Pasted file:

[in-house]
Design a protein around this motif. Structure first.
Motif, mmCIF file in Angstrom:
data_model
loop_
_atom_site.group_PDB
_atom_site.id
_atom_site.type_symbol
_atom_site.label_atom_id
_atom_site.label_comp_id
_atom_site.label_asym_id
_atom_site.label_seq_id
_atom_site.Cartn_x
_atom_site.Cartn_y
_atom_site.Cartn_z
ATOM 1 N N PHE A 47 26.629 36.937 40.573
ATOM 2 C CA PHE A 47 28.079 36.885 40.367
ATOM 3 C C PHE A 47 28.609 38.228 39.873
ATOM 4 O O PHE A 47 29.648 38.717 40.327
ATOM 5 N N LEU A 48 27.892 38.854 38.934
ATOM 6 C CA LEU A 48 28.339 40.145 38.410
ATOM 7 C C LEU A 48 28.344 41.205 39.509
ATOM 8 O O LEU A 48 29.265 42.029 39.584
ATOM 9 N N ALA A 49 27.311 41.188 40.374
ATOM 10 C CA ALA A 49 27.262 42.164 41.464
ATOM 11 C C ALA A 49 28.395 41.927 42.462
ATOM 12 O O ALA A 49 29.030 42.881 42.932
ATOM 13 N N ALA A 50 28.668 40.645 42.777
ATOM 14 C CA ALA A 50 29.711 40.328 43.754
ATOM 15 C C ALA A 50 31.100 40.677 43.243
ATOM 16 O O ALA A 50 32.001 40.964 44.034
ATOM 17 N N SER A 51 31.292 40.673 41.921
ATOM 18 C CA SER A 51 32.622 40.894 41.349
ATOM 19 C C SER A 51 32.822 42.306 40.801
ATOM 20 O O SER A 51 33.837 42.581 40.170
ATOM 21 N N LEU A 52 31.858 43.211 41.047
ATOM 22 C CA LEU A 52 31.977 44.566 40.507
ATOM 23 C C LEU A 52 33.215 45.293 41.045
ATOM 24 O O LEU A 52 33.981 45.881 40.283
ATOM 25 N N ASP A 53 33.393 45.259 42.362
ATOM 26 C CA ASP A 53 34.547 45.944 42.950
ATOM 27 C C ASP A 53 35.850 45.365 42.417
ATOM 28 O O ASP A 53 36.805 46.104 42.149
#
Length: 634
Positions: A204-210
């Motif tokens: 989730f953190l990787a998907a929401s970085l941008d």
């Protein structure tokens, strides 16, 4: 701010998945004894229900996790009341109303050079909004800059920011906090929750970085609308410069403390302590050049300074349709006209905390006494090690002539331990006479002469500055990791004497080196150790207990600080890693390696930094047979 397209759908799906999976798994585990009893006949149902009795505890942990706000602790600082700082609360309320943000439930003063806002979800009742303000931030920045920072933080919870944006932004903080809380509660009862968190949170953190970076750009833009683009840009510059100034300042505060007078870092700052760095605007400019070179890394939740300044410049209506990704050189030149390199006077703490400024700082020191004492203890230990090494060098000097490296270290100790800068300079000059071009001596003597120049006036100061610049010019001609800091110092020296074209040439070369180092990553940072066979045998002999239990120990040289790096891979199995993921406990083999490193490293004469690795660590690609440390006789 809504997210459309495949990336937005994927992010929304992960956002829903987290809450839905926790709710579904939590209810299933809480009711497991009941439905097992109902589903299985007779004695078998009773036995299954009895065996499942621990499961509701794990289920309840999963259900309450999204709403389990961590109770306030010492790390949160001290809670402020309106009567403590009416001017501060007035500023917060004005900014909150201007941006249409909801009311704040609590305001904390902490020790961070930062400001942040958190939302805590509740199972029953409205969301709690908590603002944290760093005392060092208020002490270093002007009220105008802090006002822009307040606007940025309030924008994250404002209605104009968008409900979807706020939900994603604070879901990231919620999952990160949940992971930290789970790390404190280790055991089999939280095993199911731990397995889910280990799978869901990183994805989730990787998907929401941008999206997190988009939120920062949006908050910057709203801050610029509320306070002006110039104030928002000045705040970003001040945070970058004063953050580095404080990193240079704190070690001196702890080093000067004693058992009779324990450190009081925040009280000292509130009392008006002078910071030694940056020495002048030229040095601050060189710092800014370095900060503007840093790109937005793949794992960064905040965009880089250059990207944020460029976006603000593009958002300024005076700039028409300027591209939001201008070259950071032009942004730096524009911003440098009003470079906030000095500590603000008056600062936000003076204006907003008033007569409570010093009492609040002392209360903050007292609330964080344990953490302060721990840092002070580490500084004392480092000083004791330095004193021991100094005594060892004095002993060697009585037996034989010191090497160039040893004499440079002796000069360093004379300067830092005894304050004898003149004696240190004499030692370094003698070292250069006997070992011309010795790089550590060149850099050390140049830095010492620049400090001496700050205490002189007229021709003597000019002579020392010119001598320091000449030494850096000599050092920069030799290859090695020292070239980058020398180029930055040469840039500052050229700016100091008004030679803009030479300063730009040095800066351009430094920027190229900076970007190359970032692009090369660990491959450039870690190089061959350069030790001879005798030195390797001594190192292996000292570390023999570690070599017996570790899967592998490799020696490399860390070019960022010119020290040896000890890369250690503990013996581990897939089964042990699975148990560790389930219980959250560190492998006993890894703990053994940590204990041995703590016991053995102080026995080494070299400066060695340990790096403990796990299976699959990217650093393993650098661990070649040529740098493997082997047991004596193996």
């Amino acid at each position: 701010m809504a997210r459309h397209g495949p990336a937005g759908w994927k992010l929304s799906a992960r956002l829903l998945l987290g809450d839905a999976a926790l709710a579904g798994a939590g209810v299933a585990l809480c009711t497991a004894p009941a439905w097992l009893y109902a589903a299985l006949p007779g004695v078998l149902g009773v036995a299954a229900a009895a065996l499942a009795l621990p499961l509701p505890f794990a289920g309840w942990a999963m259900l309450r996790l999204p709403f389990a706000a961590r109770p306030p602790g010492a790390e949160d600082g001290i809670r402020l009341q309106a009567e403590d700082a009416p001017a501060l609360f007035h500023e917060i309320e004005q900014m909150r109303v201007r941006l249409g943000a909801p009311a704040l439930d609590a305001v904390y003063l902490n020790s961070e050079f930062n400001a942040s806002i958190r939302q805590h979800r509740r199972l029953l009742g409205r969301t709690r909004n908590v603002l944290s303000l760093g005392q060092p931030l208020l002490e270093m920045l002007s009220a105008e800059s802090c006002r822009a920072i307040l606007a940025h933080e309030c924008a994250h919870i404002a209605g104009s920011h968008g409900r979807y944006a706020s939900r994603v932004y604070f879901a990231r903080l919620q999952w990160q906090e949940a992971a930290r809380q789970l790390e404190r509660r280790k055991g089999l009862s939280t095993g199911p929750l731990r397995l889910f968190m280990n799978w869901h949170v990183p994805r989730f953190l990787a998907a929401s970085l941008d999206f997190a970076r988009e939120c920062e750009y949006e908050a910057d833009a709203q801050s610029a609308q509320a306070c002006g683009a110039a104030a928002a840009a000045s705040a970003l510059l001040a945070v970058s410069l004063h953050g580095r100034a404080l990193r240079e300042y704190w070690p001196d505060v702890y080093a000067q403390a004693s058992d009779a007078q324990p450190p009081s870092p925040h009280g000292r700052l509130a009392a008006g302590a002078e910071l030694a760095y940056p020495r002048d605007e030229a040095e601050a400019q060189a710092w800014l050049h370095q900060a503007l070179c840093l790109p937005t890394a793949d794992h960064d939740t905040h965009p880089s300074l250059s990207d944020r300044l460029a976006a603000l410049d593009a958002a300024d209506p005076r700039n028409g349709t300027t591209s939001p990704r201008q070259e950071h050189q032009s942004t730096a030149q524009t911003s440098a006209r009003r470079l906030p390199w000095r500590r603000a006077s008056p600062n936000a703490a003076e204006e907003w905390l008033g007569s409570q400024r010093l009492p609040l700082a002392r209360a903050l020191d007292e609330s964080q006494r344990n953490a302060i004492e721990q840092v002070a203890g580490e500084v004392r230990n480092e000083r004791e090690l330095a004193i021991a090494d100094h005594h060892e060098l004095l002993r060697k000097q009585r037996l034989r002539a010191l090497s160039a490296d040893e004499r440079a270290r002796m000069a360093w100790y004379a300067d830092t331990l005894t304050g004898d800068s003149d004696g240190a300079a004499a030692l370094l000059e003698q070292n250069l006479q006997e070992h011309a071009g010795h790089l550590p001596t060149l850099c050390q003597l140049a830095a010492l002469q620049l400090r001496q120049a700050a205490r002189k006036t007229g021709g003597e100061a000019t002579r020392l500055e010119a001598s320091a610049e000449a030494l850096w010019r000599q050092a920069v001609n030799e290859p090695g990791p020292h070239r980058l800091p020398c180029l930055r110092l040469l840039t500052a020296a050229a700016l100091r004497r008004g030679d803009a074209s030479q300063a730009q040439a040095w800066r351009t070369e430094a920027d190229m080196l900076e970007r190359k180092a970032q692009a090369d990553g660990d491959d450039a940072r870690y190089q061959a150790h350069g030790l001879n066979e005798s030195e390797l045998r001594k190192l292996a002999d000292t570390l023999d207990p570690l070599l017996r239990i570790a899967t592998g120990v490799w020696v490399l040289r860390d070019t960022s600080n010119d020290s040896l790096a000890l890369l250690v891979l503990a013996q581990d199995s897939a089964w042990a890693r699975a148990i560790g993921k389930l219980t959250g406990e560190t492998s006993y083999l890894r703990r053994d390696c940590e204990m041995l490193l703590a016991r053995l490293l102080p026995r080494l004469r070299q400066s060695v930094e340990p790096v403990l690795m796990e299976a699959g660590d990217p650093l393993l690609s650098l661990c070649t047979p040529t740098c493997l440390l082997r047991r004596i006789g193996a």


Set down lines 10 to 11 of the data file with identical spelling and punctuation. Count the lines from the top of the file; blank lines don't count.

_atom_site.label_comp_id
_atom_site.label_asym_id